Lillian H. Press, a valued Centre board member for 26 years and a pioneer in education, mental health and politics, died from COVID-19 on April 27. “Lil,” as she was universally known, was 95. Her husband, O. Leonard Press, founder of Kentucky Educational Television, had died last July at 98.
The outpouring of sadness at Lil’s death and celebration of her life have resounded across Kentucky. The only time Governor Andy Beshear has choked up with emotion during his daily press conferences was in announcing her death: “She did something that changed my life . . . changed the course of how I felt about myself and how I interacted with others,” he said, referring to her role in founding and running the Kentucky Governor’s Scholars Program.
The summer before his senior year at Lexington’s Henry Clay High School, Beshear had been a Governor’s Scholar and was the first GSP student to become governor. “I’m very proud of that,” he said. “I know she was too, because I had the opportunity to talk to her after the election.”
More than 27,000 students have been Governor’s Scholars, including countless Centre graduates and Centre’s last two Rhodes Scholars, Michael Lanham ’00 and Chase Palisch ’09.
Although both Lil and Len had degrees from Boston College, they liked to say that they “adopted” Centre, just as the College “adopted” them. The connection was formalized in 1992 when both received honorary degrees at Centre’s 169th commencement.
In 1994, Lil was elected to the Centre Board of Trustees, where she served for 26 years as board member and later as trustee emerita. President John Roush said that she brought new energy to the board’s Academic Affairs Committee and that her connections throughout Kentucky and beyond were invaluable as a member of the Honorary Degrees and Nominations committee.
“Lil had both a deep commitment to the liberal arts and a relentless and principled drive for excellence,” Roush said.
She was also very persuasive. “It was impossible for anyone to resist Lil’s persistence and charm,” said Richard Trollinger, Centre’s senior philanthropy advisor. “Some of her fellow board members became her closest friends.”
The Presses arrived in Kentucky 68 years ago, in 1952, after Len had agreed to leave Boston to spend one year at the University of Kentucky’s radio department. In the early years, Len and Lil spent many weekends crisscrossing Kentucky drumming up support for a new public television station that could provide enriched curriculum for rural schools, GED training, and non-commercial cultural performances. The two of them slowly and methodically martialed an army of supporters from Ashland to Paducah. KET was finally funded by the legislature and went live in 1968. KET has named Lil “First Lady of KET.”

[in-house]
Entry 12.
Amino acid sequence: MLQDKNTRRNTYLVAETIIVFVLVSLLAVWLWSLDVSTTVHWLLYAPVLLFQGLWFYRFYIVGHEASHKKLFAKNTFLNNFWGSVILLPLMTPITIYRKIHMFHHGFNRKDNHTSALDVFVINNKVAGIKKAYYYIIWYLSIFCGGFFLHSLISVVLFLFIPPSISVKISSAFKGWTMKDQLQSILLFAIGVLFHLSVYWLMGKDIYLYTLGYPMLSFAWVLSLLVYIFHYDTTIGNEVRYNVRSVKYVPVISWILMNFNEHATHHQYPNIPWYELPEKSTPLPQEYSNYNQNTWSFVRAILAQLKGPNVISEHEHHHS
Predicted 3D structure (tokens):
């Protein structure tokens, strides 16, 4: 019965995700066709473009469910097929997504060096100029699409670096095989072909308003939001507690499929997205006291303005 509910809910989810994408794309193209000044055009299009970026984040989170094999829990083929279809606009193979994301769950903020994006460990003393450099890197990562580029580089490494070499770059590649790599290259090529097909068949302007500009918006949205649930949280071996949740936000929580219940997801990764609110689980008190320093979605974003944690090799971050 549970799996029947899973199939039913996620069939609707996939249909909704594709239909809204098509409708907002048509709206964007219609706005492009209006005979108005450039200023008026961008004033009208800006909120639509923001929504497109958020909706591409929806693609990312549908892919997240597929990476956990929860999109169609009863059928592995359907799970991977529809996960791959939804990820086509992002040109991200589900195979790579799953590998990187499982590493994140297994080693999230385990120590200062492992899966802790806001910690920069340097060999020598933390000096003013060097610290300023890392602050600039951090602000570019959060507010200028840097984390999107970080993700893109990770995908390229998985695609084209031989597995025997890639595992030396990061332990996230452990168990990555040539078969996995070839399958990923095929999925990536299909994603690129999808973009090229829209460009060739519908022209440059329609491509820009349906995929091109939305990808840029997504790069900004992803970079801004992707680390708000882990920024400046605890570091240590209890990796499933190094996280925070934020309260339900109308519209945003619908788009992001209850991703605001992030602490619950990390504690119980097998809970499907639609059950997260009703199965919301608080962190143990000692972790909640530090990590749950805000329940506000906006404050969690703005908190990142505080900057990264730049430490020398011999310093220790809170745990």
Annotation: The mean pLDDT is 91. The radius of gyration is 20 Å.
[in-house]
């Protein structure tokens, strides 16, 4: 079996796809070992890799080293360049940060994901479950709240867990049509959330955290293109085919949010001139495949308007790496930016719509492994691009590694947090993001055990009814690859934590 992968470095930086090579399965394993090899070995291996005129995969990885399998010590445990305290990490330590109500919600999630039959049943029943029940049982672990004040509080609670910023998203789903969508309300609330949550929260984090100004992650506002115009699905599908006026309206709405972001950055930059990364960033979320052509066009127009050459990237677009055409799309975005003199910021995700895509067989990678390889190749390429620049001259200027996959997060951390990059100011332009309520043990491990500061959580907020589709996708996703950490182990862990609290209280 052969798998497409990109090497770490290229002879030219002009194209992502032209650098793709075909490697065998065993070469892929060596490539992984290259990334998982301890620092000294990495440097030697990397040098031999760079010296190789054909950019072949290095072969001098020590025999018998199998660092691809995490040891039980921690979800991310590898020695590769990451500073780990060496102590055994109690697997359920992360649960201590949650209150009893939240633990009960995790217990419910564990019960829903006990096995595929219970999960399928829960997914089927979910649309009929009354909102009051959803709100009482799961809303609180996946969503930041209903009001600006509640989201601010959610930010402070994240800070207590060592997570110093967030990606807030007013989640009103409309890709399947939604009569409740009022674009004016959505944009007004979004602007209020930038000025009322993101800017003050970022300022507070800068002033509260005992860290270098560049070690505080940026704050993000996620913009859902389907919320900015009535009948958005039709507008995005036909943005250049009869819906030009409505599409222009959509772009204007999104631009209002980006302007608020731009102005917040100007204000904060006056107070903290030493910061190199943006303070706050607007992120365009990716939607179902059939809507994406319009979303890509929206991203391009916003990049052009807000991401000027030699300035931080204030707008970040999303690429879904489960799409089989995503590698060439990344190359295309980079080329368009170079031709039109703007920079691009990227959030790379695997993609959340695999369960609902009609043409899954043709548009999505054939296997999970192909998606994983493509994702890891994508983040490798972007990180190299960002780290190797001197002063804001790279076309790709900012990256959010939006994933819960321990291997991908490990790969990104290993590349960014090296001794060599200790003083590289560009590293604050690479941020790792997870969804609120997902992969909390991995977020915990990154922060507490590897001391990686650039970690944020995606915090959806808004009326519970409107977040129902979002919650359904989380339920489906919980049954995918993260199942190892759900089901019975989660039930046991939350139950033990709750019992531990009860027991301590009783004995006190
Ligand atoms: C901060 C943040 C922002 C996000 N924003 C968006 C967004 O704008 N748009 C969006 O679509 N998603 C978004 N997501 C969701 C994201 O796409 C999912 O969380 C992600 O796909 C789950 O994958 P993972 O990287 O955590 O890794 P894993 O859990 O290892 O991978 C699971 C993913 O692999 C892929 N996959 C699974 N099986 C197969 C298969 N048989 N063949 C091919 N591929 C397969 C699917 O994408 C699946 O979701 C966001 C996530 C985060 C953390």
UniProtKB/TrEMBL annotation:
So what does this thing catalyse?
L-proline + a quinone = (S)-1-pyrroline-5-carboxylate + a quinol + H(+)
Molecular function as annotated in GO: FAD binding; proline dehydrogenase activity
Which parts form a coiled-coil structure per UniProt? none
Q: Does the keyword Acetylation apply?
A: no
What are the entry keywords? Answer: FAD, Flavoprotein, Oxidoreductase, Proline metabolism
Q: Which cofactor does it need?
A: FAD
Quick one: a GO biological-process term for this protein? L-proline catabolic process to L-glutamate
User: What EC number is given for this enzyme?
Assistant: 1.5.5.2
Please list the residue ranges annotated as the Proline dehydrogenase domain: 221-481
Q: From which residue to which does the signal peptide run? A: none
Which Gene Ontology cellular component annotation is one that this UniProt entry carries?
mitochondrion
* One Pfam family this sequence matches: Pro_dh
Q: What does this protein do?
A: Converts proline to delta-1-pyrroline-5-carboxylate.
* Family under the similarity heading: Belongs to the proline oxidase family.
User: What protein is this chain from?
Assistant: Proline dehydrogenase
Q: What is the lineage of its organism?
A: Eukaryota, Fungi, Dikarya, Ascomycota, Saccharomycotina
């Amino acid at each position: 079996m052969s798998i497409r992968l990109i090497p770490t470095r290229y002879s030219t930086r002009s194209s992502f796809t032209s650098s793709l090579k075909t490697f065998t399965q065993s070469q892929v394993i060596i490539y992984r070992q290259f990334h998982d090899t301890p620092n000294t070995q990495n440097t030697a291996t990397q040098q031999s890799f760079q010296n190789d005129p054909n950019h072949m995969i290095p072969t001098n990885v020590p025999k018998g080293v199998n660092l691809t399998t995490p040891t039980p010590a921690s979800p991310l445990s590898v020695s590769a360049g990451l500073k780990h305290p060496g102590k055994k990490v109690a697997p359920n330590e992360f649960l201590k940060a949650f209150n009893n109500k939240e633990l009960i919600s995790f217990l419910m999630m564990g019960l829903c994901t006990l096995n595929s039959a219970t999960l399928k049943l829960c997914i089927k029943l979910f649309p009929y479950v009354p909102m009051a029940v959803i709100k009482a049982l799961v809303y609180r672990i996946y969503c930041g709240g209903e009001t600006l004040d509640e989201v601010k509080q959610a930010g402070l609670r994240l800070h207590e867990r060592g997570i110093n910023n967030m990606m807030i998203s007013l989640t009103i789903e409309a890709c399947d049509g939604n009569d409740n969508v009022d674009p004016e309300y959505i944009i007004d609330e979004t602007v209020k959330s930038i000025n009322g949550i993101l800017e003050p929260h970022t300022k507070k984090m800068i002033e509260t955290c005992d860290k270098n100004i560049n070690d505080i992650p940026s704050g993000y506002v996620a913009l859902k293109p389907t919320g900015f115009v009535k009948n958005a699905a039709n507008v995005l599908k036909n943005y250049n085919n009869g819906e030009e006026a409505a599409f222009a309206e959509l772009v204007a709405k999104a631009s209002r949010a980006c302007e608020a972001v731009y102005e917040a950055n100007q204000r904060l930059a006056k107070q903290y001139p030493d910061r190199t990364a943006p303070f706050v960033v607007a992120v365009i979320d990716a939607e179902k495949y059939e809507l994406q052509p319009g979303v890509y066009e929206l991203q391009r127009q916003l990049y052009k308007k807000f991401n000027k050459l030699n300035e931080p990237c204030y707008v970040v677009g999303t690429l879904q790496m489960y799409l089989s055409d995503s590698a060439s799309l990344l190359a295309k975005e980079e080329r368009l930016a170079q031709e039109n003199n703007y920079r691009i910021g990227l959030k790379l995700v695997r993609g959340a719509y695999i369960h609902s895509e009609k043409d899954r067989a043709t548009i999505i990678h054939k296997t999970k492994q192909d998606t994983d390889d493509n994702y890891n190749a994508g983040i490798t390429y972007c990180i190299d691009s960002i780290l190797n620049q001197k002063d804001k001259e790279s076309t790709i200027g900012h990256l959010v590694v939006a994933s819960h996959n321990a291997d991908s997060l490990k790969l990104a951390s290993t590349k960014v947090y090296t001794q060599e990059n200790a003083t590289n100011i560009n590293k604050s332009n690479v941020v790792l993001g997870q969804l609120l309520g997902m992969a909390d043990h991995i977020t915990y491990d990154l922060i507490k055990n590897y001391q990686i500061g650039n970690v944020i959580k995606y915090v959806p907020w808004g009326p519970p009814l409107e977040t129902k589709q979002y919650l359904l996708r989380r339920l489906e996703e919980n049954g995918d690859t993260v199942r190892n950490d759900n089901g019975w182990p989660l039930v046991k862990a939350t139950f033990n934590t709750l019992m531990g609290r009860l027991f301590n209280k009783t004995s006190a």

A newspaper reporter in Boston, Lil joined radio station WVLK as a copywriter soon after arriving in Lexington and worked her way up to program director. She then organized and developed Kentucky’s first Regional Mental Health Board that led to the system of comprehensive care units throughout the commonwealth.
In 1983, Lil was in Washington, D.C., after being appointed special assistant to the Appalachian Regional Commission by President Carter. Gov. John Y. Brown Jr., brought her back to Kentucky to organize the first Governor’s Scholar Program, which has been held on the Centre Campus for 31 of its 37 years. Centre Professor of Education Jim Howard ’56 served for three years as its first dean, followed by Dean Milton Reigelman for 14 years. Centre professors Clarence Wyatt ’78 and John Kinkade ’95 and Centre alumnus Bryan Rich ’01 followed as campus coordinators after the program spread to a second and then a third campus.
In GSP’s second year, a large headline for a New York Times story by its education editor Fred Heckinger referred to GSP as an “Educational Utopia.” Lil often used that same phrase to refer to what goes on at Centre, Reigelman recalled.
Before retiring from the Kentucky GSP, Lil organized 28 governor’s schools from around the country into the National Conference of Governor’s Schools, an institution that grew and became stronger under her presidency for its first seven years. It remains a force for education across the United States today. After retiring from the GSP, Lil founded the Women’s Network to increase the number of women in politics. It is still growing.
Lil’s son Lowell has said that the Governor’s Scholars Program, which has been so important to Centre for the past 37 years, was his mother’s proudest accomplishment. Her obituary suggests that in lieu of flowers, gifts should be made in her memory to Centre College.
By Milton Reigleman
May 5, 2020